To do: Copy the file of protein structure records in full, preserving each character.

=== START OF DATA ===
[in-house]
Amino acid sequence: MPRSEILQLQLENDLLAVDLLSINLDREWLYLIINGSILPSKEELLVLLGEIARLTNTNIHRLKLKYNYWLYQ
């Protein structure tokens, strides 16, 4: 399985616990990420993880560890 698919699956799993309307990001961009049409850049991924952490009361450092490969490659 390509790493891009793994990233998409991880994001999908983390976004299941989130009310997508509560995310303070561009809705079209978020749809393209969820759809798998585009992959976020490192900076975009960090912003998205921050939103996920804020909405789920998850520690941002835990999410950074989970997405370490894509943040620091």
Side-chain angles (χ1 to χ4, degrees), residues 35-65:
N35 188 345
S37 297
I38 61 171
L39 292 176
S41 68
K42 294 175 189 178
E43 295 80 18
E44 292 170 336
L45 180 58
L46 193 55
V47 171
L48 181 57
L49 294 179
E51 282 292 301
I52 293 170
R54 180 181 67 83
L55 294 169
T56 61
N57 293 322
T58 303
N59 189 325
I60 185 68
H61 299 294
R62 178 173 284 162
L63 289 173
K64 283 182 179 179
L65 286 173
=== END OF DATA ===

[in-house]
Amino acid sequence: MPRSEILQLQLENDLLAVDLLSINLDREWLYLIINGSILPSKEELLVLLGEIARLTNTNIHRLKLKYNYWLYQ
């Protein structure tokens, strides 16, 4: 399985616990990420993880560890 698919699956799993309307990001961009049409850049991924952490009361450092490969490659 390509790493891009793994990233998409991880994001999908983390976004299941989130009310997508509560995310303070561009809705079209978020749809393209969820759809798998585009992959976020490192900076975009960090912003998205921050939103996920804020909405789920998850520690941002835990999410950074989970997405370490894509943040620091």
Side-chain angles (χ1 to χ4, degrees), residues 35-65:
N35 188 345
S37 297
I38 61 171
L39 292 176
S41 68
K42 294 175 189 178
E43 295 80 18
E44 292 170 336
L45 180 58
L46 193 55
V47 171
L48 181 57
L49 294 179
E51 282 292 301
I52 293 170
R54 180 181 67 83
L55 294 169
T56 61
N57 293 322
T58 303
N59 189 325
I60 185 68
H61 299 294
R62 178 173 284 162
L63 289 173
K64 283 182 179 179
L65 286 173